(NB: This post was partially inspired by my first-and last-exposure to this television show. There was a marathon on, my bad ankle was acting up and the remote was across the room. I finally get around cable and this is what happens. It also has a lot of things that I have been thinking about for some time)
I have often heard it said that everyone develops their own sense of "style." I have never been sure what to make of this rather nebulous term. In other words, I do not know really what style means to me or to others.
I, furthermore, do not see my self really ever caring about this. If pressed with the question, "what sort of look were you going for there?," I would really not know what to say. I usually have some smart-assed remark ready to hurl like "annoyed middle-manager of a moderately successful mid-level corporation" or "annoyed mid-level bureaucrat in a non-sexy government department."
So, why do I dress the way that I do? Mostly practical concerns. I want to hide my nakedness (believe me, the world wants NO part of that). I am, at present and for some time now, usually stony broke. I have to comply with some vague, non-specified dress code for whatever job I have.
Do I care at all what my clothes look like? Well, yes and no. I want them to be clean and in reasonable repair. As for color, I shy away from anything bright or attention-getting. Frankly, if they sold buttoned-down collar shirts (in any pattern or sensible color) in a roll like paper towels, I would buy them in a second.
Why then, Will, are you writing about this? It comes from a connundrum that I had upon viewing the above-bookmarked television show.
On one hand, I believe that people should be able to spend their money on whatever consumer goods strike their fancy. This is why markets are the best and most fair way to allocate resources. People, making their individual decisions for selfish reasons, end up fulfilling the desires of all concerned. Sound familiar? It should.
On the other hand, and quite differently, I felt myself feeling that pursuing some sense of a "current style" went against the fundamental freedom of all people to allocate their resources as they see fit. In the past there were sumptuary laws that limited access to certain forms of consumption. The only barrier to individual consumption, the only fair barrier anyway, should be prices set in free and open markets.
Another source of my qualms has been some notion that people in other countries (particularly European ones) are thought (by themselves and us) to be "better dressers" than Americans. This is perhaps not the place to speculate on this score, but I would figure that this is a subset of the argument that Americans care about quantity over quality, breadth over depth and practicality over fashion. I am not sure why I felt this way, but I did and somewhat still do.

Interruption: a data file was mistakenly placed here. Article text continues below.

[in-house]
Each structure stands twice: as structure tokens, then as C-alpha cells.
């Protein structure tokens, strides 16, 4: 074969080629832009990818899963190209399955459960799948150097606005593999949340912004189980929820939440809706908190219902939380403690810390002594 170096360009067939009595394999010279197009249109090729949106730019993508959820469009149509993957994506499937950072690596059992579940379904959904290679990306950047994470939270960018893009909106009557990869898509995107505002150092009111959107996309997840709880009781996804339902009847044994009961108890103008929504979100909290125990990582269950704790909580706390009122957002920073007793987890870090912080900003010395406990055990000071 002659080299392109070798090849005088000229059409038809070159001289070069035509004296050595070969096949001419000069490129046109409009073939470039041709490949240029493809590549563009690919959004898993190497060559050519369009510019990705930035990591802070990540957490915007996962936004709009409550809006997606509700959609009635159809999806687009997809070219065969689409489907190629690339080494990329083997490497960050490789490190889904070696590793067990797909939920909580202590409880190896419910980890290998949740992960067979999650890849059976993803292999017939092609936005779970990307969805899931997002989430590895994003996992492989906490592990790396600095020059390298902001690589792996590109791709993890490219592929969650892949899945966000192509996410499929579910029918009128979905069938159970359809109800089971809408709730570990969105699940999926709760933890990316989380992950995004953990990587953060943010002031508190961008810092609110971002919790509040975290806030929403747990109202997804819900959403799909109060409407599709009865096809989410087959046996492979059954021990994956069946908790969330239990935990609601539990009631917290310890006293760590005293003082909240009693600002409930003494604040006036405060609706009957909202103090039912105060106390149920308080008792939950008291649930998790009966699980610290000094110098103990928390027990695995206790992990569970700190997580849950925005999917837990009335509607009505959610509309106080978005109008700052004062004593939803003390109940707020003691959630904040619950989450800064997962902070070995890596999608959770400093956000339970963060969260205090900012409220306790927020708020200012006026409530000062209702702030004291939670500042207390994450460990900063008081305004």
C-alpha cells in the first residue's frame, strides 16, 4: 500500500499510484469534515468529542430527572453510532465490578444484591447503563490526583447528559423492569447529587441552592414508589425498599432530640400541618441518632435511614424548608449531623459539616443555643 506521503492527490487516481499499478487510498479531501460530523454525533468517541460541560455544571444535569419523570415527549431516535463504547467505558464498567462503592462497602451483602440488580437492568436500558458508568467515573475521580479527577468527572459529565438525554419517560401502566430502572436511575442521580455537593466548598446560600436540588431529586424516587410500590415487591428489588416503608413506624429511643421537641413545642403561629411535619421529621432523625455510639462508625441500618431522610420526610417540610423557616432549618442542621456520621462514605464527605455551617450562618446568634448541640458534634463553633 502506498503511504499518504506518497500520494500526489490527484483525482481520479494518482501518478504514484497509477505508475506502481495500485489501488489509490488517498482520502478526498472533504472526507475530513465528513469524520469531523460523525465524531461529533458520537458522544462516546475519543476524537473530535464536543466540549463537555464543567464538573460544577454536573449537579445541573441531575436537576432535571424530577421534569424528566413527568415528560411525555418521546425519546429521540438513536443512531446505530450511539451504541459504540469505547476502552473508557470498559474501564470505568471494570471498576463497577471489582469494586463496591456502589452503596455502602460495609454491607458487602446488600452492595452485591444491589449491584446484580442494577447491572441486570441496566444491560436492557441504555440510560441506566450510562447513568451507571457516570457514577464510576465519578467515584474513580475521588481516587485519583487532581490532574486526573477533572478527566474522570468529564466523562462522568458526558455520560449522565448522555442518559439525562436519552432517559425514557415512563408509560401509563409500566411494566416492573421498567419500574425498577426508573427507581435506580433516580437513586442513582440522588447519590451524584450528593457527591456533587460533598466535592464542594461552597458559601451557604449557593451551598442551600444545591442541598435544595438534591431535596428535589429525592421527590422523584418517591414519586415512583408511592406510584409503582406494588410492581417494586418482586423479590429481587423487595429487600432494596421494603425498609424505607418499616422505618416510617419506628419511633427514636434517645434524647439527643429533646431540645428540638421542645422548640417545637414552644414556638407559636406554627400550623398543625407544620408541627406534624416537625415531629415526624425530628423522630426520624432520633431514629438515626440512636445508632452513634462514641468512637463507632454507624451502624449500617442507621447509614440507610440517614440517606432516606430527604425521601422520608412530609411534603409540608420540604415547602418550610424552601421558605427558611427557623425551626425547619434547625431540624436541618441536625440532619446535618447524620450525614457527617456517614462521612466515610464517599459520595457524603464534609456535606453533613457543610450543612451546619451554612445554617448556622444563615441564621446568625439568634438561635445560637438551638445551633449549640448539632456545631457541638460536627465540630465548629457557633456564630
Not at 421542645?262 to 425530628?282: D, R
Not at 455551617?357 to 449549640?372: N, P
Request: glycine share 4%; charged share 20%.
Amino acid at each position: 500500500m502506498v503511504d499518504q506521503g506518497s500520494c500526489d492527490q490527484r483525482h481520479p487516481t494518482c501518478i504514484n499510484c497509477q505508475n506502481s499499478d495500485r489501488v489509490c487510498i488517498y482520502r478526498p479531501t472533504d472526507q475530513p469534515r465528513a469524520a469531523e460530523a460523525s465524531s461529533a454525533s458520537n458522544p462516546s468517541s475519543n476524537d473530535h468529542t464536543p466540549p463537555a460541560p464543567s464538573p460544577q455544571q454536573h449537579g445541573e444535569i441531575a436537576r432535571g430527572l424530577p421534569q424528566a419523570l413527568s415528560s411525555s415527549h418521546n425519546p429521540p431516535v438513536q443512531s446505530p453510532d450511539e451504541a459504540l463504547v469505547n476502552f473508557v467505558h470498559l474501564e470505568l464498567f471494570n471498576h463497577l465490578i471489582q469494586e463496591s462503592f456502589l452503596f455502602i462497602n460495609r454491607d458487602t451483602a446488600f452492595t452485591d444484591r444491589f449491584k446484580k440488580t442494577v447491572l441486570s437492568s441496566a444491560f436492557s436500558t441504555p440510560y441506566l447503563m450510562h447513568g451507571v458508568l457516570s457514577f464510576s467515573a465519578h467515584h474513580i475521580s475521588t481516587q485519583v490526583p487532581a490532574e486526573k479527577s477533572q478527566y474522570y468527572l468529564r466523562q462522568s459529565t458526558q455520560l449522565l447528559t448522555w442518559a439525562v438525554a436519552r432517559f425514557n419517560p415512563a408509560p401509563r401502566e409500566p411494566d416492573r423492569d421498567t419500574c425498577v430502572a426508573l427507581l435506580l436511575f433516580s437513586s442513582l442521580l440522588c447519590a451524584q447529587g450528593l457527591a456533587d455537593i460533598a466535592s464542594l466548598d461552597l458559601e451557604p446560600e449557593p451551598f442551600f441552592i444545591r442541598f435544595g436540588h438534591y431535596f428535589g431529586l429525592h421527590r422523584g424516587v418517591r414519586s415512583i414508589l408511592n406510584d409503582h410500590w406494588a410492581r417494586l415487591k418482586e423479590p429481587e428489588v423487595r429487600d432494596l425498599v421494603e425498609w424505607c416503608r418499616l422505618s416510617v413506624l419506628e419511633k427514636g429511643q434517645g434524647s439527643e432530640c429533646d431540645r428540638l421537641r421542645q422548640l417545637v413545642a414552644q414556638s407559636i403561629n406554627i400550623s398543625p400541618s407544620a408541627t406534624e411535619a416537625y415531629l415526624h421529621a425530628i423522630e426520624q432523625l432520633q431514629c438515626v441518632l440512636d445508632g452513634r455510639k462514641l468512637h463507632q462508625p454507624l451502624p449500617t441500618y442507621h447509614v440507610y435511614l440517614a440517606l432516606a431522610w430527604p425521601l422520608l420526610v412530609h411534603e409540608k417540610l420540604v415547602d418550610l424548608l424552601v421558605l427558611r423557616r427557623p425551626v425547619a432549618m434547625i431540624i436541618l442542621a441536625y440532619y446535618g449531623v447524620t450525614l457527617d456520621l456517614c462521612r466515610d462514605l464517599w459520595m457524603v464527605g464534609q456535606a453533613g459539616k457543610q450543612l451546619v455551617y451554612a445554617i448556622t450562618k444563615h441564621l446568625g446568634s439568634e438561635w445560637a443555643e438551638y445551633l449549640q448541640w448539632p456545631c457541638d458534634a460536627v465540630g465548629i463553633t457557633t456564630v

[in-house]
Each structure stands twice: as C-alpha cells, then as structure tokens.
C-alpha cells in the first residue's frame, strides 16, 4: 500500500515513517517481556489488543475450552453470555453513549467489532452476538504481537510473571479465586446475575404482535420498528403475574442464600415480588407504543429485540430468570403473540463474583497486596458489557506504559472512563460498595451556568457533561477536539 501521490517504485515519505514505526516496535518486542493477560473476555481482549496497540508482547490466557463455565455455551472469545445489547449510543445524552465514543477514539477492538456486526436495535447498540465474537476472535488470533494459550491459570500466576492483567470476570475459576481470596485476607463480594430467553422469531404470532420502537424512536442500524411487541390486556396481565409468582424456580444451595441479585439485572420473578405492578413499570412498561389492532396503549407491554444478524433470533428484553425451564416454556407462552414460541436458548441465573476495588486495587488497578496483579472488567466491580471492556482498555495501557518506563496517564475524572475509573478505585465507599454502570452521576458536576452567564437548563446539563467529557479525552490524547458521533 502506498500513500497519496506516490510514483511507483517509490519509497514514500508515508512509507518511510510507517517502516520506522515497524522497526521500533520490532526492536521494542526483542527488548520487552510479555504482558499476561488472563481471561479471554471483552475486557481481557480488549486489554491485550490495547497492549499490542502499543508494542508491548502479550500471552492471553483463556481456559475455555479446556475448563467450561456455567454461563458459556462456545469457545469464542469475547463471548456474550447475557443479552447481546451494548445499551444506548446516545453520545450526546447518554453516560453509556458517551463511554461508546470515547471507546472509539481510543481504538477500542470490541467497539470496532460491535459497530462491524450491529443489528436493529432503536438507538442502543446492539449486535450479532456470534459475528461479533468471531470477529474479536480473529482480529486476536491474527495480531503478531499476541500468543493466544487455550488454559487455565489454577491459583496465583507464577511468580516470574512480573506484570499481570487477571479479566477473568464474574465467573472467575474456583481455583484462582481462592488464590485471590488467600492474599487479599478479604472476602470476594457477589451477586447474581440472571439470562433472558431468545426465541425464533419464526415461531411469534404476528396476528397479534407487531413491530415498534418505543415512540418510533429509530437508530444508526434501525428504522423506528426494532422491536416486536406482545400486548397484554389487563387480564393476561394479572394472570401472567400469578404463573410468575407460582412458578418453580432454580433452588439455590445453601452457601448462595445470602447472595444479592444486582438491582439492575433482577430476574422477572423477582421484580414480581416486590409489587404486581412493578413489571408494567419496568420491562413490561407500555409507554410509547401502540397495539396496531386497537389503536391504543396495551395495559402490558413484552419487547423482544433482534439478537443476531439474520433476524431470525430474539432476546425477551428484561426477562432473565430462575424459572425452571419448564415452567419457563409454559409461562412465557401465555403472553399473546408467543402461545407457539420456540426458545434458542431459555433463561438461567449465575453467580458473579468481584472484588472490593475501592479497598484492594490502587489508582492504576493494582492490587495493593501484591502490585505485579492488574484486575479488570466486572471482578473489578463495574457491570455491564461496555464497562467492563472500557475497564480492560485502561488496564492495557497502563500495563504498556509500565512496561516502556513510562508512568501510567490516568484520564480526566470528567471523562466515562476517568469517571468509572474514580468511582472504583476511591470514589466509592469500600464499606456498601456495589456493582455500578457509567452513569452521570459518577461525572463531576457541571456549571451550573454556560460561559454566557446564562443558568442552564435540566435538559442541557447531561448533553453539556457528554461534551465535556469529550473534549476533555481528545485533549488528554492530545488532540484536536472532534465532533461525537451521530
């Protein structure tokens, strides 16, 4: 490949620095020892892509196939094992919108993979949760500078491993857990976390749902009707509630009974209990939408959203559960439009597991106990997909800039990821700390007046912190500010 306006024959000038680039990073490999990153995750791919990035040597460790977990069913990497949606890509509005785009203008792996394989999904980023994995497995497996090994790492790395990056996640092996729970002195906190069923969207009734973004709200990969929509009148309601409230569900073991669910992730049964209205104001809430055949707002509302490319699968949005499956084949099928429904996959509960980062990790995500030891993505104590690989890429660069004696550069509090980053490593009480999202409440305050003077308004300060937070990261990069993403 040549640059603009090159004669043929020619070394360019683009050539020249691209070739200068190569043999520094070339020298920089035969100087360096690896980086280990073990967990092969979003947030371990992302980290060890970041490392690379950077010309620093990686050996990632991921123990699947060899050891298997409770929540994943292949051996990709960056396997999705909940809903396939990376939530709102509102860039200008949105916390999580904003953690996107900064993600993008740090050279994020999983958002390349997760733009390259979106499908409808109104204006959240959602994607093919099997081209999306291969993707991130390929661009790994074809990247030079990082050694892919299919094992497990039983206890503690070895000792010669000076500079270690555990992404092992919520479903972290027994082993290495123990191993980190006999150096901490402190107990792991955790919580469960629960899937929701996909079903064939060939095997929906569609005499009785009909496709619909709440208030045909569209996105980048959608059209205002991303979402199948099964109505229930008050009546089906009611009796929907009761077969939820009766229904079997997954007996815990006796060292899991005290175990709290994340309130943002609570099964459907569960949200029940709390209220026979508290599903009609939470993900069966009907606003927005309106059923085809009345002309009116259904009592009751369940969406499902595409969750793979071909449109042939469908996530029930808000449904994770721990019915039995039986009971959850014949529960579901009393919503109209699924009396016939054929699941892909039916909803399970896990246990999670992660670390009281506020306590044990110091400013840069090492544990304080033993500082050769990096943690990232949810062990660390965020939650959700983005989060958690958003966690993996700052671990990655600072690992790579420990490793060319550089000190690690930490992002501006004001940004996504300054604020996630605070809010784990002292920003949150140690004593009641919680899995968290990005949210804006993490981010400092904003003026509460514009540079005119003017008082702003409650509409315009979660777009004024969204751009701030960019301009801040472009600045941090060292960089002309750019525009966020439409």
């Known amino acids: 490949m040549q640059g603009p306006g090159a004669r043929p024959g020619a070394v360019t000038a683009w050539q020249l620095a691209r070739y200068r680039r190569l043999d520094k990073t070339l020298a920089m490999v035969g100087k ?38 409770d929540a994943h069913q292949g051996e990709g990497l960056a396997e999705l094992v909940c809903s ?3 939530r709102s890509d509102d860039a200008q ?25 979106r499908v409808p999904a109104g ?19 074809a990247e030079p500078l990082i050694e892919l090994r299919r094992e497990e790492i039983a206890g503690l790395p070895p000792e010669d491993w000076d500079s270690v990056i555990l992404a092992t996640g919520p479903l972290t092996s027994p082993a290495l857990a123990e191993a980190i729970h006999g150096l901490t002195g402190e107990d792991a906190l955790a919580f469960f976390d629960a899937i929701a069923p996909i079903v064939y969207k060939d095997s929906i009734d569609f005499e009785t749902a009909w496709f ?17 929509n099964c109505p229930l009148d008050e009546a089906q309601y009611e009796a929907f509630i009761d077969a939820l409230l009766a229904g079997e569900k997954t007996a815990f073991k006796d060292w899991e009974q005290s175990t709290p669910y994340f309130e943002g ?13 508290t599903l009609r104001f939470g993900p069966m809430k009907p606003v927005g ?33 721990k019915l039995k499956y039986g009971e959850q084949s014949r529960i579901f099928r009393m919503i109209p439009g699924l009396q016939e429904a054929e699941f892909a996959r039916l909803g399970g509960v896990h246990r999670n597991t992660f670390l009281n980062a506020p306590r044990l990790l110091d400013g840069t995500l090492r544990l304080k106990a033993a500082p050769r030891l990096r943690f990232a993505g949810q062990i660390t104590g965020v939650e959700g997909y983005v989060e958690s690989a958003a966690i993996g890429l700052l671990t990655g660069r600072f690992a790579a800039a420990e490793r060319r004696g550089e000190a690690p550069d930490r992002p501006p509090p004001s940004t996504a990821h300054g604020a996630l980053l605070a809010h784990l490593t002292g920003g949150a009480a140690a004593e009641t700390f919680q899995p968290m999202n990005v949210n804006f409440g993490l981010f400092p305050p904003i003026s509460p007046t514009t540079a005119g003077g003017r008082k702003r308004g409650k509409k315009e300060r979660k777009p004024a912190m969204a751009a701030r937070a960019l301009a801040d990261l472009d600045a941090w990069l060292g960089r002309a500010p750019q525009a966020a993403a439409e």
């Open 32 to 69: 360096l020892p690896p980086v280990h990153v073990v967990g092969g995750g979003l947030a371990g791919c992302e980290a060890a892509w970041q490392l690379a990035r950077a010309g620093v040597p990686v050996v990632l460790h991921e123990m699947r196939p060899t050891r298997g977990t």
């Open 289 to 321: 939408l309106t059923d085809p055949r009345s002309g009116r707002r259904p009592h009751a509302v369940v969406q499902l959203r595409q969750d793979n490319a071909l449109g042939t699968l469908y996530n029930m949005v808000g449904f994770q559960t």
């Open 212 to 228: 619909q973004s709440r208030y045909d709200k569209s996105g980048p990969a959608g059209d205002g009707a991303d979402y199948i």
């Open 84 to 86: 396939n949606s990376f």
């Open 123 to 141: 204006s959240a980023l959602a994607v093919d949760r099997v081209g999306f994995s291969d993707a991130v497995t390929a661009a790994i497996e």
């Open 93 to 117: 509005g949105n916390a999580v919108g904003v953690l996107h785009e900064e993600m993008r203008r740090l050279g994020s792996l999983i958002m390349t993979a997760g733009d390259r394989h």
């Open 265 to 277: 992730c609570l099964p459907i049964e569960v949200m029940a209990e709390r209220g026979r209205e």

Why is this? I think it comes from the mere fact that in saying that someone looks "better" dressed a certain way, it makes a value judgement on that person's resource allocation decisions. It also makes a value judgement on the right of that individual to do exactly as he or she likes as long as that action does not harm other people.
I am not comfortable with either of these value judgements. If you want to spend all (or most or some) of your money on expensive garments, fine. Just don't judge me because I choose to allocate my scarce resources in a different manner. Don't hurl the epithet "slob" at me because I look like a pile of laundry with shoes under it. Just know that I make different decisions about opportunity cost. Don't make the call that, because I don't fit some certain mold of looking "put-together," that I am somehow defective in other ways.
The fundamental issue here is, therefore, that when value judgements enter decisions of resource allocation, problems arise.
What I am driving at, in the end, is that people should dress however the hell they damned well please. If that is a suit that costs what I make in a month, fine. If it is cut-off sweat pants and a BBQ sauce stained NASCAR shirt, fine. Anywhere in-between these gross stereotypes, fine.
But Will, you protest, what about decorum and dress in certain situations. I do realize that certain situations seem to call for certain modes of dress. Employers, schools, restaurants, cultural attractions and others have dress codes that must be followed or punishments can be meted out.
We must ask ourselves, though, why does it "seem" that these situations "call" for certain modes of covering one's nakedness? Why, furthermore, do dress codes exist? My short answer to both would be enforced conformity. My long answer? Perhaps for another day, that.
So, what say you, dear readers?
While you think that over, I am going to work on that "tear-off roll of shirts idea." I might be on to something there...
Year in review
4 months ago